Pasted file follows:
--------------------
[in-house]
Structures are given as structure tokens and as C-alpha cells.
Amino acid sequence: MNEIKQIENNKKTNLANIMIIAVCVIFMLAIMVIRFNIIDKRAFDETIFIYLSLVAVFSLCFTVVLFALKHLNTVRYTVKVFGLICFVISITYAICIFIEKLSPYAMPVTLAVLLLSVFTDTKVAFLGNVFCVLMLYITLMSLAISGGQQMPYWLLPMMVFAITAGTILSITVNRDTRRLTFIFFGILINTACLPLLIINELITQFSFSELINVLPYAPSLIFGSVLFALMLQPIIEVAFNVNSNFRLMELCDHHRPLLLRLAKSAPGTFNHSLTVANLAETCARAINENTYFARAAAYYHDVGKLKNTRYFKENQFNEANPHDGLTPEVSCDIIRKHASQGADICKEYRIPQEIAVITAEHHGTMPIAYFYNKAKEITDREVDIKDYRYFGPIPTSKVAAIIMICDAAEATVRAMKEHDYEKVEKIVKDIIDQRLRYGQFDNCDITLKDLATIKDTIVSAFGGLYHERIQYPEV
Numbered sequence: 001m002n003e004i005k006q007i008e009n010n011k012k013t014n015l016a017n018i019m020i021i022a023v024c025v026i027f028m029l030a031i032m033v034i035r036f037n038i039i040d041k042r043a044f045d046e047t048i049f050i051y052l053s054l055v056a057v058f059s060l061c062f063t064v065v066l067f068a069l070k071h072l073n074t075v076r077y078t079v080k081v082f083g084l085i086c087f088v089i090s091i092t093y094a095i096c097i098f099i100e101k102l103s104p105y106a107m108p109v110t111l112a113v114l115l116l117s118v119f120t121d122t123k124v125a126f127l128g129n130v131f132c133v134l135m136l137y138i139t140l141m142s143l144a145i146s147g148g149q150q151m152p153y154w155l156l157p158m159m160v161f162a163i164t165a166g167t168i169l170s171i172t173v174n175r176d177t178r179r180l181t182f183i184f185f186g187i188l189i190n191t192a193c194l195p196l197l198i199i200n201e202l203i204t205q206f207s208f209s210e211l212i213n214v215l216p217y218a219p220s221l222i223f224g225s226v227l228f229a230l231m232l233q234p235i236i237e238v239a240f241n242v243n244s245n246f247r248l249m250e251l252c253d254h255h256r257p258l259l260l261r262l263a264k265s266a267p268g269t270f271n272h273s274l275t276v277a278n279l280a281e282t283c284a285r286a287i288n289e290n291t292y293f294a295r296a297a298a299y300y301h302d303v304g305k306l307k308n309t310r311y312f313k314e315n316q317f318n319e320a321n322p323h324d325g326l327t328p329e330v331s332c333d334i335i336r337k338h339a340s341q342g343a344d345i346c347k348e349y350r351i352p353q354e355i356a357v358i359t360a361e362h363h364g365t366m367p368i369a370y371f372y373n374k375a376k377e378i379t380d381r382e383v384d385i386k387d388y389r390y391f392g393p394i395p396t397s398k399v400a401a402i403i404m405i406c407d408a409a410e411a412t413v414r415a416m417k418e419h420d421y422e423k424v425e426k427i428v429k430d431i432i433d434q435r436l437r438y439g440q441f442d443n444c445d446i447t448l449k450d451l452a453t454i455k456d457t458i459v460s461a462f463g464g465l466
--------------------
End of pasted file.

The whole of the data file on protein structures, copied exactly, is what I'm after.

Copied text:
[in-house]
Structures are given as structure tokens and as C-alpha cells.
Amino acid sequence: MNEIKQIENNKKTNLANIMIIAVCVIFMLAIMVIRFNIIDKRAFDETIFIYLSLVAVFSLCFTVVLFALKHLNTVRYTVKVFGLICFVISITYAICIFIEKLSPYAMPVTLAVLLLSVFTDTKVAFLGNVFCVLMLYITLMSLAISGGQQMPYWLLPMMVFAITAGTILSITVNRDTRRLTFIFFGILINTACLPLLIINELITQFSFSELINVLPYAPSLIFGSVLFALMLQPIIEVAFNVNSNFRLMELCDHHRPLLLRLAKSAPGTFNHSLTVANLAETCARAINENTYFARAAAYYHDVGKLKNTRYFKENQFNEANPHDGLTPEVSCDIIRKHASQGADICKEYRIPQEIAVITAEHHGTMPIAYFYNKAKEITDREVDIKDYRYFGPIPTSKVAAIIMICDAAEATVRAMKEHDYEKVEKIVKDIIDQRLRYGQFDNCDITLKDLATIKDTIVSAFGGLYHERIQYPEV
Numbered sequence: 001m002n003e004i005k006q007i008e009n010n011k012k013t014n015l016a017n018i019m020i021i022a023v024c025v026i027f028m029l030a031i032m033v034i035r036f037n038i039i040d041k042r043a044f045d046e047t048i049f050i051y052l053s054l055v056a057v058f059s060l061c062f063t064v065v066l067f068a069l070k071h072l073n074t075v076r077y078t079v080k081v082f083g084l085i086c087f088v089i090s091i092t093y094a095i096c097i098f099i100e101k102l103s104p105y106a107m108p109v110t111l112a113v114l115l116l117s118v119f120t121d122t123k124v125a126f127l128g129n130v131f132c133v134l135m136l137y138i139t140l141m142s143l144a145i146s147g148g149q150q151m152p153y154w155l156l157p158m159m160v161f162a163i164t165a166g167t168i169l170s171i172t173v174n175r176d177t178r179r180l181t182f183i184f185f186g187i188l189i190n191t192a193c194l195p196l197l198i199i200n201e202l203i204t205q206f207s208f209s210e211l212i213n214v215l216p217y218a219p220s221l222i223f224g225s226v227l228f229a230l231m232l233q234p235i236i237e238v239a240f241n242v243n244s245n246f247r248l249m250e251l252c253d254h255h256r257p258l259l260l261r262l263a264k265s266a267p268g269t270f271n272h273s274l275t276v277a278n279l280a281e282t283c284a285r286a287i288n289e290n291t292y293f294a295r296a297a298a299y300y301h302d303v304g305k306l307k308n309t310r311y312f313k314e315n316q317f318n319e320a321n322p323h324d325g326l327t328p329e330v331s332c333d334i335i336r337k338h339a340s341q342g343a344d345i346c347k348e349y350r351i352p353q354e355i356a357v358i359t360a361e362h363h364g365t366m367p368i369a370y371f372y373n374k375a376k377e378i379t380d381r382e383v384d385i386k387d388y389r390y391f392g393p394i395p396t397s398k399v400a401a402i403i404m405i406c407d408a409a410e411a412t413v414r415a416m417k418e419h420d421y422e423k424v425e426k427i428v429k430d431i432i433d434q435r436l437r438y439g440q441f442d443n444c445d446i447t448l449k450d451l452a453t454i455k456d457t458i459v460s461a462f463g464g465l466